The mulch will also help improve soil quality and health as it breaks down over time.

Step 5 – Maintain

Persistence is crucial in the battle against Japanese Anemone. Continue to keep an eye on the area for at least a full year after you think all the plants have been removed. It’s not uncommon for roots to lie dormant for several months before sprouting new shoots. By maintaining vigilance and acting quickly to remove any new growth, you can eventually get rid of Japanese anenome from your garden.

Can Herbicides Kill Japanese Anenome?

Many gardeners have an aversion to using herbicides such as Round-Up but in some cases, these can prove to be very effective. In the case of Japanese anemone, however, this method will not provide any quicker solution than pulling out the new shoots. So, you might as well stick with the pulling method since this will be kinder in the garden.

What If I Want Japanese Anemones?

For some people, the Japanese anemone is a beautiful plant that they feel should be included in their garden. However, they quickly realise the damaging effect it can have and wish they had never planted it. But if you have fallen in love with the delicately coloured flowers of this plant, there may still be a way that you can include it in your garden without affecting the rest of the plant life. Planting Japanese anemones in containers or in a flower bed all of their own will prevent them from interfering with anything else in the garden.


Japanese anemone is a very attractive flowering plant that is found in gardens across the UK. While it is pretty, it is also incredibly invasive and will soon take over the area it has been planted, sapping the energy and nutrients from the soil which means all other local plants will suffer. Removing the plant is a time-consuming and drawn-out process, but it can be done. The key is to remain patient and resist the urge to continually dig up the ground after you have done this the first time. It may take up to two years, but regular picking of the area should be enough to rid your garden of this pesky plant once and for all.

Garden Doctor Trev

Garden Doctor Tips

“After the first major dig, all you need to do is pull new shoots just like when weeding!”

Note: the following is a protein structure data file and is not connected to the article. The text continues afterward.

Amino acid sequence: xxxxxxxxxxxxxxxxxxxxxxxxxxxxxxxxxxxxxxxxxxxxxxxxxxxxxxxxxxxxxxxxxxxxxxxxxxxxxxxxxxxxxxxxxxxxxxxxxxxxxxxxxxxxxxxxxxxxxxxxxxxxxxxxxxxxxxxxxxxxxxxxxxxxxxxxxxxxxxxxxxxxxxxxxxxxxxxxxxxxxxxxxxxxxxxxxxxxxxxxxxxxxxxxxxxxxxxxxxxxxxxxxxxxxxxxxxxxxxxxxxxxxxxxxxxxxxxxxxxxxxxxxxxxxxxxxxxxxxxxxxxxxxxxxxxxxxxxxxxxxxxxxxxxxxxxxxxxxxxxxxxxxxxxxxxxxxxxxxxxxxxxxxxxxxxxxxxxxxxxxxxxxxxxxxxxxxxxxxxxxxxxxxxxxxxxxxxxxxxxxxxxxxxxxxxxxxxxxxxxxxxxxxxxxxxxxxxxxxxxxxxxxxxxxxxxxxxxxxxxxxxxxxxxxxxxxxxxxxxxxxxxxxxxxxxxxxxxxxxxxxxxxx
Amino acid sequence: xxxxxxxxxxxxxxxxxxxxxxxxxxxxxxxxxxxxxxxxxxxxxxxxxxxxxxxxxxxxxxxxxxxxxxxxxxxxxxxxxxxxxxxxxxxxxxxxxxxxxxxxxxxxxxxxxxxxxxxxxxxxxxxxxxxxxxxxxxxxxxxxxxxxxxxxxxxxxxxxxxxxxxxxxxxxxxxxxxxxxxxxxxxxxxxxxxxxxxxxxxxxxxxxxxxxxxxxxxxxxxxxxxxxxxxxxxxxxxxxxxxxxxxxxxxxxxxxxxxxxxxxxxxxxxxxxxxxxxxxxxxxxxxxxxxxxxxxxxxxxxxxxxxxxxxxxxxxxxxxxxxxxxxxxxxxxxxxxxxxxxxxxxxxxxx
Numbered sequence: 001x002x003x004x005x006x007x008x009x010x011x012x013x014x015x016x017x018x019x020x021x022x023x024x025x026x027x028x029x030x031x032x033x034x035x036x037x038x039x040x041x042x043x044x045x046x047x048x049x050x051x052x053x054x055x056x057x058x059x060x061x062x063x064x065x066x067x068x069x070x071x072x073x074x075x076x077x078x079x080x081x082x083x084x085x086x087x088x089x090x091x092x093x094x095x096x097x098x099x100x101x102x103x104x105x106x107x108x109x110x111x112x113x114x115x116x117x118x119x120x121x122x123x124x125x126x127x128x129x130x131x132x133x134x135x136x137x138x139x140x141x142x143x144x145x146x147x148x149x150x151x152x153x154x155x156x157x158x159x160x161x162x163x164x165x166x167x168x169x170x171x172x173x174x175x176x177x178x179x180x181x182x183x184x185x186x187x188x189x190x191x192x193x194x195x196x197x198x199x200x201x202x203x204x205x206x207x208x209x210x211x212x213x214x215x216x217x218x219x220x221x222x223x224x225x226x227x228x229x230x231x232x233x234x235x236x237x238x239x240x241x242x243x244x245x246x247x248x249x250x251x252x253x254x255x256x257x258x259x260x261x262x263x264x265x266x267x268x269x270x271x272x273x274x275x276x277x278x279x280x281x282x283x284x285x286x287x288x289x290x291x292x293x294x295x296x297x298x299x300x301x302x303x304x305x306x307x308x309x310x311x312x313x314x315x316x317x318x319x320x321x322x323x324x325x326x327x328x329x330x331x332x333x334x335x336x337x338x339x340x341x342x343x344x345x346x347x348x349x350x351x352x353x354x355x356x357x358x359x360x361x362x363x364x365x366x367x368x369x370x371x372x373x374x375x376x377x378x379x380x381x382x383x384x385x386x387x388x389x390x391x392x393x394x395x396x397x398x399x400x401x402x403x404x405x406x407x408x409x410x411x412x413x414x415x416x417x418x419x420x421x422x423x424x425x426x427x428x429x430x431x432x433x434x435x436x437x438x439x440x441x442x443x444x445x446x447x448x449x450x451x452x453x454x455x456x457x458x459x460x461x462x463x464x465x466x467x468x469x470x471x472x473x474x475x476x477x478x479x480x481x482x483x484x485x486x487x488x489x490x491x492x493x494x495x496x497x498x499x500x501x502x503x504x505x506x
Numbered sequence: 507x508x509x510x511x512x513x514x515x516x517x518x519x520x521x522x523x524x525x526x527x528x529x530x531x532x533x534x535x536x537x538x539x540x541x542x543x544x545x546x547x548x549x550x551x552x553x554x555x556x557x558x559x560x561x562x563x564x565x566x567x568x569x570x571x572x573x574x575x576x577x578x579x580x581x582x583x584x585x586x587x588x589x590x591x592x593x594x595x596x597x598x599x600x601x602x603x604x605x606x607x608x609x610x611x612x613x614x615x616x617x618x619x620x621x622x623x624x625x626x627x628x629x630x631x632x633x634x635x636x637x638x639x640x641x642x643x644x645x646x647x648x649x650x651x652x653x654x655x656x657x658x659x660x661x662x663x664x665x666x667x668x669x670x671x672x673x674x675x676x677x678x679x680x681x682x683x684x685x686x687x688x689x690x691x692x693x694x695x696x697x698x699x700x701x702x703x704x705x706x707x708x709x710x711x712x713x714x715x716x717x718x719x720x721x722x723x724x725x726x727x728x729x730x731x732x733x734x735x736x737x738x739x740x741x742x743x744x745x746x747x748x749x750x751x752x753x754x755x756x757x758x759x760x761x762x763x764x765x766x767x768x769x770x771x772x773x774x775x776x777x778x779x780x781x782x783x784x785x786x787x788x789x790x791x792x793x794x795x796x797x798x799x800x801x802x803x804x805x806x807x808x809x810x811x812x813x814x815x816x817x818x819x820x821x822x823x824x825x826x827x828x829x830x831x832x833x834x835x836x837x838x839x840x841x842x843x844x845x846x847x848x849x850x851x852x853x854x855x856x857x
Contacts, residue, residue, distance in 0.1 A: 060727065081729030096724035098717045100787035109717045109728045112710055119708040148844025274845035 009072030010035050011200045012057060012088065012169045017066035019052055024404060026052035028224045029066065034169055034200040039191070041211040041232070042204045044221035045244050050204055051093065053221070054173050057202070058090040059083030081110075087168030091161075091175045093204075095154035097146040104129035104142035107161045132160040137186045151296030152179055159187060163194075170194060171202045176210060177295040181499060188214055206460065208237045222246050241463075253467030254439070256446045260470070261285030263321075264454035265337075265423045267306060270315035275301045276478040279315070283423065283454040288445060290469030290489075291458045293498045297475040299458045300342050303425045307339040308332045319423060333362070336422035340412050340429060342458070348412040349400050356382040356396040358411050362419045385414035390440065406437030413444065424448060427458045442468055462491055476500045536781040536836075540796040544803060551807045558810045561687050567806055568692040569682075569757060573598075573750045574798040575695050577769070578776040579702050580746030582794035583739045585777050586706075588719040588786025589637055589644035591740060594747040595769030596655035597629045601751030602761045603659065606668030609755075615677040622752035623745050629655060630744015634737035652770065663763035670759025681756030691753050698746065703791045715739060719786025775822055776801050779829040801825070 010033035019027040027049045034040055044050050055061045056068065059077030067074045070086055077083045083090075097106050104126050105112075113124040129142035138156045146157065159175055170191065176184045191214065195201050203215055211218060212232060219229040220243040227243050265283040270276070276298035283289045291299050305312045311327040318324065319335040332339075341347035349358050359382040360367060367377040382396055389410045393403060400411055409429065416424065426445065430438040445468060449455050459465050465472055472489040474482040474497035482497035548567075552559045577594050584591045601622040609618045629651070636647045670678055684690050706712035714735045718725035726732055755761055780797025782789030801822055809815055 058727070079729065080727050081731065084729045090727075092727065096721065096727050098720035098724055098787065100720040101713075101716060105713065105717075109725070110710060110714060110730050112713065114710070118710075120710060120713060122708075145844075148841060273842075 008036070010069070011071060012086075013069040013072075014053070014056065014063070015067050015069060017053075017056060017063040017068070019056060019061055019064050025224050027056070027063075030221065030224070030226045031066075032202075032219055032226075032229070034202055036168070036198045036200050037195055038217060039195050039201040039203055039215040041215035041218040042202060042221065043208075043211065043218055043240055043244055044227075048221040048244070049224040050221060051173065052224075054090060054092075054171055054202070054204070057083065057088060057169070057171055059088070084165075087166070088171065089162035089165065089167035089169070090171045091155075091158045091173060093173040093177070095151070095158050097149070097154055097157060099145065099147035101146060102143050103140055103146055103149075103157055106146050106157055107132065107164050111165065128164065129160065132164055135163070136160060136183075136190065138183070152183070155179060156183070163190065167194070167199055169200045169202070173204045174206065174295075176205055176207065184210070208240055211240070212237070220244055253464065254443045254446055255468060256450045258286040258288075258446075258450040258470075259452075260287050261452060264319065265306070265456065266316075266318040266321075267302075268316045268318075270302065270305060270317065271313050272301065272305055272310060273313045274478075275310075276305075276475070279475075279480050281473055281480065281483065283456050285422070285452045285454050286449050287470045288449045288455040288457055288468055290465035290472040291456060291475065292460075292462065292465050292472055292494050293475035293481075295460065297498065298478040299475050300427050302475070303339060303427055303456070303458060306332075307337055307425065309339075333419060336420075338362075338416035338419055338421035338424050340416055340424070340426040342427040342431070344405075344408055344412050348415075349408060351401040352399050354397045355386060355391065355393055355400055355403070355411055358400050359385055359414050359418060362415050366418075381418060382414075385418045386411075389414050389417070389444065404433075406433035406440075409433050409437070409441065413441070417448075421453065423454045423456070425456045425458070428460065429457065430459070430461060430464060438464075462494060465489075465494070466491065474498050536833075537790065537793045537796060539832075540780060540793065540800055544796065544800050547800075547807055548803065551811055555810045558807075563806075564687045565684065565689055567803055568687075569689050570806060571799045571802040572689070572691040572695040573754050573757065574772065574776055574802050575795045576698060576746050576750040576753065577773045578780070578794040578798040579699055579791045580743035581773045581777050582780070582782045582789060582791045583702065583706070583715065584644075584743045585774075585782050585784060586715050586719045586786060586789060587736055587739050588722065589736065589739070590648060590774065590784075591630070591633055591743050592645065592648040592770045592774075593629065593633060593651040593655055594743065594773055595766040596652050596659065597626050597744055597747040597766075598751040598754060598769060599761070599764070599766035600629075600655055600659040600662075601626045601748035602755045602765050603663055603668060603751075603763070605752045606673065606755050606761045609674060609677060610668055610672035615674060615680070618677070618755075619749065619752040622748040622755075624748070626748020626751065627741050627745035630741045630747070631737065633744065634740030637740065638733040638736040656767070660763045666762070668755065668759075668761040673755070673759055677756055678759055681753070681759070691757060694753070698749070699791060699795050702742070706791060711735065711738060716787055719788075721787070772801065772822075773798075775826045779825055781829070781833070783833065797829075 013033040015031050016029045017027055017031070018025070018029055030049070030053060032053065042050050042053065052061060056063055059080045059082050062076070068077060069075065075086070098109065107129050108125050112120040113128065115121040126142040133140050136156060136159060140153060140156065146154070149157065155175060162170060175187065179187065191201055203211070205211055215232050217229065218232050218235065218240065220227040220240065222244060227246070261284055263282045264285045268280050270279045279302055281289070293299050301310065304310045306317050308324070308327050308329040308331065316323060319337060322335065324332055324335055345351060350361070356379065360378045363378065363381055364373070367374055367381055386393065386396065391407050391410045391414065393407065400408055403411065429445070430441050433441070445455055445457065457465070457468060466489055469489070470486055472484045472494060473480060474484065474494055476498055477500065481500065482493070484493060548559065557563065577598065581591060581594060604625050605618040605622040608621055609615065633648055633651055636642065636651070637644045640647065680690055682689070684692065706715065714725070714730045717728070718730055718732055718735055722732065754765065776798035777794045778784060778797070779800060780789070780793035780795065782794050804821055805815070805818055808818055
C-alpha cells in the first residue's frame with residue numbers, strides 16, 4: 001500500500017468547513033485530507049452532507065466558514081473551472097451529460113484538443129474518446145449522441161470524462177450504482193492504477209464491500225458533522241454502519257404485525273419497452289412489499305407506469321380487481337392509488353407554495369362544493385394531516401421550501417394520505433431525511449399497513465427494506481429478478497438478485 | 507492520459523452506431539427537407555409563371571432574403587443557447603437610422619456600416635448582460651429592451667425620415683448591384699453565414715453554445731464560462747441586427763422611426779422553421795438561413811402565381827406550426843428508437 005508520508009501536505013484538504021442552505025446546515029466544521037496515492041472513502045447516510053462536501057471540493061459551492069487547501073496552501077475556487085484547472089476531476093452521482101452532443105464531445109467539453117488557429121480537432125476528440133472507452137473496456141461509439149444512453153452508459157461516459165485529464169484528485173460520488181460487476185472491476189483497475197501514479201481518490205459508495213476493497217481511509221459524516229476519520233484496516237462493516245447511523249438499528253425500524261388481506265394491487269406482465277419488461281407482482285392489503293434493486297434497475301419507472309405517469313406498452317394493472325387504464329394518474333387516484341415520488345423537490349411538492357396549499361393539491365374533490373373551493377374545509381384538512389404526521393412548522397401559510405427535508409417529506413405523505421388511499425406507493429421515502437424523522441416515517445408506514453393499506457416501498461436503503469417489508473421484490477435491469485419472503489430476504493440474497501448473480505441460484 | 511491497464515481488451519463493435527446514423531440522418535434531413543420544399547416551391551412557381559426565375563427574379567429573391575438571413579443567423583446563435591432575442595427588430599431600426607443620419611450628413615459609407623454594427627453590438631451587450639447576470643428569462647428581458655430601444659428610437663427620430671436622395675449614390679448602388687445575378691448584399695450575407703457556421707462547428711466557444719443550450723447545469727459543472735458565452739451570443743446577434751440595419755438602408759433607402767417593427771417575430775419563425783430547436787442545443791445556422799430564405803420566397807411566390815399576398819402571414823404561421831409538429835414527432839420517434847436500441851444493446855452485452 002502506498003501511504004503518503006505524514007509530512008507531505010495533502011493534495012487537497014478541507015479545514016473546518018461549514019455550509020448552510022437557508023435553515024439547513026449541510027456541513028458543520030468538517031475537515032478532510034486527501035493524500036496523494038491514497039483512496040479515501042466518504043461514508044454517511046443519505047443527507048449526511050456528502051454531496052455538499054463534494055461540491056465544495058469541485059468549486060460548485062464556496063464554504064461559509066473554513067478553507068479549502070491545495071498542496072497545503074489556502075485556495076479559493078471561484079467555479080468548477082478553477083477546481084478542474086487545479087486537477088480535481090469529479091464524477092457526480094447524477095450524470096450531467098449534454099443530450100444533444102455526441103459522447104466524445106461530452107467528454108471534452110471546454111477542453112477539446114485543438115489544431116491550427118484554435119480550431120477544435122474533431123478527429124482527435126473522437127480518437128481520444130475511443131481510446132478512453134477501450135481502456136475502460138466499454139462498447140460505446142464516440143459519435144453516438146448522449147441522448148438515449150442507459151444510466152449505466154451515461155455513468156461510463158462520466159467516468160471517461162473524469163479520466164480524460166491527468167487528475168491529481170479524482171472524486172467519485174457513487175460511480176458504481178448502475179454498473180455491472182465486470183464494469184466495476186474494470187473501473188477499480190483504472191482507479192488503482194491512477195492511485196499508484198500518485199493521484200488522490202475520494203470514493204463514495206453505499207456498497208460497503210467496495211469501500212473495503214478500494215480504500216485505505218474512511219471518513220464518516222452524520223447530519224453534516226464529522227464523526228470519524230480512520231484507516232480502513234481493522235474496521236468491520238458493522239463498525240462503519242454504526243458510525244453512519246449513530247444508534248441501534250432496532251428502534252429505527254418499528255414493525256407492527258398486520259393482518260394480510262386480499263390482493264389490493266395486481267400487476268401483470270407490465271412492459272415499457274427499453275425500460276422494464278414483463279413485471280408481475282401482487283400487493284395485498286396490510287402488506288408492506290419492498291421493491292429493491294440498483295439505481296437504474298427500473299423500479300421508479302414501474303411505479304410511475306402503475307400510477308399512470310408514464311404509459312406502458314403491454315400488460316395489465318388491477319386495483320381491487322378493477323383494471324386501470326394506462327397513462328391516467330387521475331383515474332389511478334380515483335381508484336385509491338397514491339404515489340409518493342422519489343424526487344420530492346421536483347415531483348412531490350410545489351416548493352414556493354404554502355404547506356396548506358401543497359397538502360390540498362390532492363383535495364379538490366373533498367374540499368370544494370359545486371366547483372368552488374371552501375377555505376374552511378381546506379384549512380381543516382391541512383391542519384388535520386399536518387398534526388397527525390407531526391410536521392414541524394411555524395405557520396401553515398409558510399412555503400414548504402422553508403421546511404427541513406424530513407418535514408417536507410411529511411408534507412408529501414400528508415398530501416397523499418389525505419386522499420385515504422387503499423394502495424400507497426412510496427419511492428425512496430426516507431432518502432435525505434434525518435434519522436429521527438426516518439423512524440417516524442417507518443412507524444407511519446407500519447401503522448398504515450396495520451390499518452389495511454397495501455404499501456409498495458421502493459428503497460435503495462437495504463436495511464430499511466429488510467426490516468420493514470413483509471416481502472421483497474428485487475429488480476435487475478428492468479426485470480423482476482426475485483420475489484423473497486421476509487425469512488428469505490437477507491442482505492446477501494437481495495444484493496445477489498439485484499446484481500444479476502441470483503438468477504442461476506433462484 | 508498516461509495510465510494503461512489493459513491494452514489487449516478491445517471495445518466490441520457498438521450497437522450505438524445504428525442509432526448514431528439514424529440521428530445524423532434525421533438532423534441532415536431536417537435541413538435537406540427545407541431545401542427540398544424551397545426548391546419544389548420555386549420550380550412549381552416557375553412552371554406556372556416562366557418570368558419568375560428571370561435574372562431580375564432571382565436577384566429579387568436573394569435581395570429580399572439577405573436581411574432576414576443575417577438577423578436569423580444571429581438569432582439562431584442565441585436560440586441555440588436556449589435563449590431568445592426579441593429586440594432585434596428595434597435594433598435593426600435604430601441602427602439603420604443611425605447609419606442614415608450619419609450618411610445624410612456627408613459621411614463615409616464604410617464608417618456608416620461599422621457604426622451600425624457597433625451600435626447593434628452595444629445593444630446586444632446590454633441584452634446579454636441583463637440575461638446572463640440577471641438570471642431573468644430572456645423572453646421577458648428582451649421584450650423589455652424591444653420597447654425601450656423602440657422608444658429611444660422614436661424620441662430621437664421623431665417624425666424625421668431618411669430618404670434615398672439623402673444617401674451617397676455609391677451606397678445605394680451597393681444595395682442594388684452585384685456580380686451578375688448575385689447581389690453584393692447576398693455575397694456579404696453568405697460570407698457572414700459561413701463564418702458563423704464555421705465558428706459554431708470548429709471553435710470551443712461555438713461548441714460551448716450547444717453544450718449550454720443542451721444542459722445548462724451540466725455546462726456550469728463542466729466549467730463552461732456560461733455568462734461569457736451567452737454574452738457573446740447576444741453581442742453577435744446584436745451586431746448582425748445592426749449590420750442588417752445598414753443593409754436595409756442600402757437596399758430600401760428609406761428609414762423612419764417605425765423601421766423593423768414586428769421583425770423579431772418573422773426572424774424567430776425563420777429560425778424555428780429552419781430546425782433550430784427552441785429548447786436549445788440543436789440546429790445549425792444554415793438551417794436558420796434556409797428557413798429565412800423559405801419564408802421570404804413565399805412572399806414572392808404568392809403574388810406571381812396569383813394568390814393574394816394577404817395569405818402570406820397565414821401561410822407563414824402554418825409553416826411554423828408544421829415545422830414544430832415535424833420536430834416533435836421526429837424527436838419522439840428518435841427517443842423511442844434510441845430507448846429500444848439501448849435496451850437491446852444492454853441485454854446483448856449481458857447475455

“After that first major dig to get to the roots, do not try digging again, you may make the problem worse!”

“Don’t plant Japanese anemones in the first place!”

“Time and patience are key, herbicides will not give you better or even faster results!”

Frequently Asked Questions

Is Japanese anemone invasive?

Invasive species are a serious problem in the natural world. They can cause irreversible damage to ecosystems and threaten native plants and animals. The Japanese anemone is one such invasive plant that has been introduced in Japan, China, Korea, and Taiwan for ornamental purposes.

Do anemones come back every year?

The answer is yes, anemones do come back every year. They are a hardy species that can withstand the harshest of conditions, which is why they are often found in coastal areas where saltwater and cold air meet. The variety known as the “Japanese anemone” has even been observed to survive when buried under several inches of snow!

How do you get rid of Japanese anemones?

You can get rid of an anemone by digging down and removing the roots. It is important to only do this once as you may cause the problem to spread. Once the main roots have been lifted, just pull any new growth as soon as it appears as if you are weeding. This process can usually take up to 2 years before the plant has fully been removed!


Trevor Wright is not just a seasoned horticulturist; he’s the esteemed Garden Doctor. With a BSc in Horticulture and years of hands-on experience in the soil, Trevor has become a trusted mentor for all things gardening. As the founder of Garden Doctor, he’s committed to clarifying the intricacies of gardening, offering straightforward advice that’s rooted in years of practice. His writing is a garden of how-tos, savvy insights, and comprehensive guides that enable individuals to nurture and grow their garden dreams. When he’s not knee-deep in garden beds, Trevor is at his keyboard passing on his green-thumbed wisdom to budding gardeners, ensuring that the legacy of sustainable and joyful gardening blossoms far and wide.